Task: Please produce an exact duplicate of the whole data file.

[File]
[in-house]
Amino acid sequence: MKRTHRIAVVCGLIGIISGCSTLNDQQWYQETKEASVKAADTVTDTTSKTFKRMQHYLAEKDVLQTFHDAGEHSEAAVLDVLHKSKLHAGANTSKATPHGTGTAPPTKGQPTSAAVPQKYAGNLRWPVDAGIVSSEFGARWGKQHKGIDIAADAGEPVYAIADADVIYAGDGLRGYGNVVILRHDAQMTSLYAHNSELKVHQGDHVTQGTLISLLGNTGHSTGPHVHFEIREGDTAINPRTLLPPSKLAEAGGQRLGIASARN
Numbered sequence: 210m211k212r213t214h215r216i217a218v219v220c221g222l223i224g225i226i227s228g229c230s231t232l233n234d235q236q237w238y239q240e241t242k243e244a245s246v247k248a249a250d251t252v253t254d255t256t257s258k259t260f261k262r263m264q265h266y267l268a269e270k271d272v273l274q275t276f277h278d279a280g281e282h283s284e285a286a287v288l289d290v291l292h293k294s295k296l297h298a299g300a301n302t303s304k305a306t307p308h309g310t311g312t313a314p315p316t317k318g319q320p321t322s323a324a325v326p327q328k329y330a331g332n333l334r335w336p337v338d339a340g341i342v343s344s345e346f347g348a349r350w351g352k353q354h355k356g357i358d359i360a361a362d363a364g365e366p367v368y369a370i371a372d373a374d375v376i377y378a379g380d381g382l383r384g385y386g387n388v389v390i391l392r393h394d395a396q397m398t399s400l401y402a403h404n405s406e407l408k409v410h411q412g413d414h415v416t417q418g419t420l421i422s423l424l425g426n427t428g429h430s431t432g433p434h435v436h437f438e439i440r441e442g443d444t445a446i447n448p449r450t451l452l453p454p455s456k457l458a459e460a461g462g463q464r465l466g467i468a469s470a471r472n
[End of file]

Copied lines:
[in-house]
Amino acid sequence: MKRTHRIAVVCGLIGIISGCSTLNDQQWYQETKEASVKAADTVTDTTSKTFKRMQHYLAEKDVLQTFHDAGEHSEAAVLDVLHKSKLHAGANTSKATPHGTGTAPPTKGQPTSAAVPQKYAGNLRWPVDAGIVSSEFGARWGKQHKGIDIAADAGEPVYAIADADVIYAGDGLRGYGNVVILRHDAQMTSLYAHNSELKVHQGDHVTQGTLISLLGNTGHSTGPHVHFEIREGDTAINPRTLLPPSKLAEAGGQRLGIASARN
Numbered sequence: 210m211k212r213t214h215r216i217a218v219v220c221g222l223i224g225i226i227s228g229c230s231t232l233n234d235q236q237w238y239q240e241t242k243e244a245s246v247k248a249a250d251t252v253t254d255t256t257s258k259t260f261k262r263m264q265h266y267l268a269e270k271d272v273l274q275t276f277h278d279a280g281e282h283s284e285a286a287v288l289d290v291l292h293k294s295k296l297h298a299g300a301n302t303s304k305a306t307p308h309g310t311g312t313a314p315p316t317k318g319q320p321t322s323a324a325v326p327q328k329y330a331g332n333l334r335w336p337v338d339a340g341i342v343s344s345e346f347g348a349r350w351g352k353q354h355k356g357i358d359i360a361a362d363a364g365e366p367v368y369a370i371a372d373a374d375v376i377y378a379g380d381g382l383r384g385y386g387n388v389v390i391l392r393h394d395a396q397m398t399s400l401y402a403h404n405s406e407l408k409v410h411q412g413d414h415v416t417q418g419t420l421i422s423l424l425g426n427t428g429h430s431t432g433p434h435v436h437f438e439i440r441e442g443d444t445a446i447n448p449r450t451l452l453p454p455s456k457l458a459e460a461g462g463q464r465l466g467i468a469s470a471r472n